Another useful tool is a tag cloud. A cloud allows you to create a visual representation of word occurrences.

Before proposing an experiment, I will develop my thoughts a bit more. Creativity is, from one angle, a matter of finding associations that others don't notice, or that are in some way volatile -- leading to further associations, for one thing. Art is pattern-making; repetition is the tick-tock of pattern-making and pattern-recognition. Between two things, including two instances of the "same" thing, there are many dynamics: a matrix or space of possible value or meaning, a tonality derived from the combination of the two things, a sense of speed in traveling between the two, a texture, a rise, a fall, etc. (Tick-tock: what is that vocable we use for naming time except the resistance to seeing a second instance of the same thing as the same thing? We have to alter it; we have to invent the illusion of change.)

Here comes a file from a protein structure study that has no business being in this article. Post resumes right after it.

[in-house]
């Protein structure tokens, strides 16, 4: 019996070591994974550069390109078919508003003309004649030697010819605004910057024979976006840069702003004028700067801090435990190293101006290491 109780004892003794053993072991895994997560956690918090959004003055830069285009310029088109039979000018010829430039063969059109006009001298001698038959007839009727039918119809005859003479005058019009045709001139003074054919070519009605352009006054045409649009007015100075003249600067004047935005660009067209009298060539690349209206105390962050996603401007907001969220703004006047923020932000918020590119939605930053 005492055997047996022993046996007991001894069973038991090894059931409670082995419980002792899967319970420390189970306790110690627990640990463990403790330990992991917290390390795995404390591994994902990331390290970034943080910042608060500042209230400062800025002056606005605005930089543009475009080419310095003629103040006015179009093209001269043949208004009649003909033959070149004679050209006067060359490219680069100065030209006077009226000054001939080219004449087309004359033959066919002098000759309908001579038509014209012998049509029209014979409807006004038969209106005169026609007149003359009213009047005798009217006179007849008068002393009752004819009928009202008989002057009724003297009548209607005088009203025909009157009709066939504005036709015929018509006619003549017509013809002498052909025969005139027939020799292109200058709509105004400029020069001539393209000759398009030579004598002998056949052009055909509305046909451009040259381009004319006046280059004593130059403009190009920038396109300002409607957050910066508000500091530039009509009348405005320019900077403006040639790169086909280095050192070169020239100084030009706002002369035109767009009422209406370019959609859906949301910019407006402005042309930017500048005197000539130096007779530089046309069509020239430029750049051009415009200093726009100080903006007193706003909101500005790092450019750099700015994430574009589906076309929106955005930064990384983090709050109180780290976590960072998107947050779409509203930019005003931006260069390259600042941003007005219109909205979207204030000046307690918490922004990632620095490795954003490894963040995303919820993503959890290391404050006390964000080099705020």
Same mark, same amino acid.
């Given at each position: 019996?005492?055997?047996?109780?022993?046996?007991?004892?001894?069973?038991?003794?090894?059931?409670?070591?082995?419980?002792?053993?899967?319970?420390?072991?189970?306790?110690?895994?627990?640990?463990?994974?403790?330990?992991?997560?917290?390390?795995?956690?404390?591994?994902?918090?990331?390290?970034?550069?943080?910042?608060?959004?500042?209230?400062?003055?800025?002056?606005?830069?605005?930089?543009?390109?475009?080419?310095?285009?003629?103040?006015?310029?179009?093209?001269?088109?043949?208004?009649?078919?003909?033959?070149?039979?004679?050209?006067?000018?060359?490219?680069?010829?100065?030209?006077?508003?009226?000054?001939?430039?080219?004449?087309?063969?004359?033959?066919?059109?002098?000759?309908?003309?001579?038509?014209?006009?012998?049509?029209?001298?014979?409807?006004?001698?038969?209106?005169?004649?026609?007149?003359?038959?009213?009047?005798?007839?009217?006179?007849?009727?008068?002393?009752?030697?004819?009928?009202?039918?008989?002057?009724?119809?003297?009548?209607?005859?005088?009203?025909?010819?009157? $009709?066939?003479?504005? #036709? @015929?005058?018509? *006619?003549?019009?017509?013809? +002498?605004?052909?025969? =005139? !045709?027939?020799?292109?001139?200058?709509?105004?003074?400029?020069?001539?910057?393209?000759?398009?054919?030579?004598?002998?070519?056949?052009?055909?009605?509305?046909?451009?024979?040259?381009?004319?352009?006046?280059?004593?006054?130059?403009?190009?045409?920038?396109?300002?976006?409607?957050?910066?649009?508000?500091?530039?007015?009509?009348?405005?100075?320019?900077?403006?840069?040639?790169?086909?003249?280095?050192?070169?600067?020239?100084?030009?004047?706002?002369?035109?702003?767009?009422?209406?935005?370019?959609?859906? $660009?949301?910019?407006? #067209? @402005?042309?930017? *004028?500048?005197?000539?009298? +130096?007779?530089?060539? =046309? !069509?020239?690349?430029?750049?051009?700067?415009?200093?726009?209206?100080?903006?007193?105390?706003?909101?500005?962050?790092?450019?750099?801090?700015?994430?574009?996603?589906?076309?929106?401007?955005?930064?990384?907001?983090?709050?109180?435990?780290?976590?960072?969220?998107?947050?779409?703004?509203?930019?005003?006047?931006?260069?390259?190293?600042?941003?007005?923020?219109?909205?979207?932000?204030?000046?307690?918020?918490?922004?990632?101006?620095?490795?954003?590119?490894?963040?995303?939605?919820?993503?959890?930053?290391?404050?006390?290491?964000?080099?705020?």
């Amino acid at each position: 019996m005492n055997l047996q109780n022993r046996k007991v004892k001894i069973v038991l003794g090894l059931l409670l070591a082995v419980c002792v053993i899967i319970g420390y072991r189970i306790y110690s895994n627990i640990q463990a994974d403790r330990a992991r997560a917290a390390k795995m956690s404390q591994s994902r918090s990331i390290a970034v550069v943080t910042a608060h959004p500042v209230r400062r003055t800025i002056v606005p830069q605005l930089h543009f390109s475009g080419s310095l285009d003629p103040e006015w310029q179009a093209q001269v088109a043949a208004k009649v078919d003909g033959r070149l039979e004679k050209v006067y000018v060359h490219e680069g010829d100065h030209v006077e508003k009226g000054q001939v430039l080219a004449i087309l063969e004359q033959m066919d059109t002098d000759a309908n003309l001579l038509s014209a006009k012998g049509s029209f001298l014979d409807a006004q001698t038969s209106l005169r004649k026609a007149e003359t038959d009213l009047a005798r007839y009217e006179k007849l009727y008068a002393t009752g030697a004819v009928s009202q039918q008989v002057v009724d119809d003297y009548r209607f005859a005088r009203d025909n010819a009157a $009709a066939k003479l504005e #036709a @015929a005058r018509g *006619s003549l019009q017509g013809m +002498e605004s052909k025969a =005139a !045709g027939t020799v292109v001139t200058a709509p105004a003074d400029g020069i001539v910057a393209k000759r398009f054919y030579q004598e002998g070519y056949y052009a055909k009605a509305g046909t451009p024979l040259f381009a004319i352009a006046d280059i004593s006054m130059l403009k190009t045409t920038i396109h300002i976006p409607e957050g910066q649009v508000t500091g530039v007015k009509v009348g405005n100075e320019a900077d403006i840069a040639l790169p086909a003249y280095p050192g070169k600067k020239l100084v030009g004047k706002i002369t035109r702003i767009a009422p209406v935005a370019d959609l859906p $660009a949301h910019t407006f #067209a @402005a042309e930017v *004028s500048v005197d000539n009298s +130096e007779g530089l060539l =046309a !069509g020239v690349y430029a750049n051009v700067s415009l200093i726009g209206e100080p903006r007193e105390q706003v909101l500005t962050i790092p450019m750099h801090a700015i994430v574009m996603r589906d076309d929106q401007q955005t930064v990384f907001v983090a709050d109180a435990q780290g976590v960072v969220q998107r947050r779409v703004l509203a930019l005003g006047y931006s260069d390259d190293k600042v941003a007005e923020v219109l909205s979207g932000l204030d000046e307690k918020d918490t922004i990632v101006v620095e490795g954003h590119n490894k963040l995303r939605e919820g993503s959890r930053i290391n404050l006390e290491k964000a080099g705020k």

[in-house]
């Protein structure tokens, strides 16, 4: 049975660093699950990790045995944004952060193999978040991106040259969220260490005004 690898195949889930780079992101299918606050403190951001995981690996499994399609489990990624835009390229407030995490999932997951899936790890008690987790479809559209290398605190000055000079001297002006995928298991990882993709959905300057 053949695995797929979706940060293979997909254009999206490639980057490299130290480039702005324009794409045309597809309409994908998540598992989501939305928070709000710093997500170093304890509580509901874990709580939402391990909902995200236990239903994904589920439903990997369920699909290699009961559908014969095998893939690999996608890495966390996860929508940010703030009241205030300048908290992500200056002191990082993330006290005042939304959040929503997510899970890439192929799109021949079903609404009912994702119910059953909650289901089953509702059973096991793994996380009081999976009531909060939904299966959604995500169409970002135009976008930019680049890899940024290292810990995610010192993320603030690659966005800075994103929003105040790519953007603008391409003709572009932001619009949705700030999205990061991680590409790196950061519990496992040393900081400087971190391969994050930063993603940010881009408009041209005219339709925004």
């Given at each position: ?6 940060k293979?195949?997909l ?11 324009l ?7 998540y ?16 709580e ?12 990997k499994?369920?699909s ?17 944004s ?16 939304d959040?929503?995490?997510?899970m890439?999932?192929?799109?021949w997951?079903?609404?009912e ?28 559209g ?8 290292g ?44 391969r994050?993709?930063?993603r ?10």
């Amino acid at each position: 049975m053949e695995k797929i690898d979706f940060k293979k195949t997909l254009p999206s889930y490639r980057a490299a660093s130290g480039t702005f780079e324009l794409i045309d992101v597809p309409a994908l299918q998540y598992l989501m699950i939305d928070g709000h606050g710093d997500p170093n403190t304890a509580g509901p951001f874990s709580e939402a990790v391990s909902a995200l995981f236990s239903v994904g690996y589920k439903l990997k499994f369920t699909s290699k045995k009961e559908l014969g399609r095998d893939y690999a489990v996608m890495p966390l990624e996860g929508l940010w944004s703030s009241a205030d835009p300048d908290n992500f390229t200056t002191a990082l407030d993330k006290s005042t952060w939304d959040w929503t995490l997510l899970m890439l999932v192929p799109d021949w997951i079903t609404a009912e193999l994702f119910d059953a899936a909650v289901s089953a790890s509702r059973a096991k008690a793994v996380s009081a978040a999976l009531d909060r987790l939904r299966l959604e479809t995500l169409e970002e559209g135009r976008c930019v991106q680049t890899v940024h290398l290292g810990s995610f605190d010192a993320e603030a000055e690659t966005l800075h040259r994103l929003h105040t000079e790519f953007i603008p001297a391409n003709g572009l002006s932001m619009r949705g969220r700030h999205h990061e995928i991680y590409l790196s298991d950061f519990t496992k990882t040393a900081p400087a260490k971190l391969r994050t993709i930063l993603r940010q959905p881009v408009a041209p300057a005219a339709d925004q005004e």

Writers develop their works, they invent and discover, partly through returning to a point of observation, obsession, desire, fear, or memory. Language allows us to see many in one: Love is love, but it is also lust, ardor, passion, longing, romance, fondness, amorousness, and many other "synonyms" that are really different angles, different degrees, different stages, different influences, different steps on different ladders of experience. Also, each word, each concept or node of experience, has it's opposites: hate, loathing (an almost-rhyme with loving!), despising, disliking, detesting. One word, one node, when touched, reveals many possible pathways forward. We fit experience to language, and language to experience. We invent, and yet we re-inhabit forms that writers have always used; we speak words and phrases, perform entire conversations, that others have had before us. Life is a ritual, life is a discovery -- both.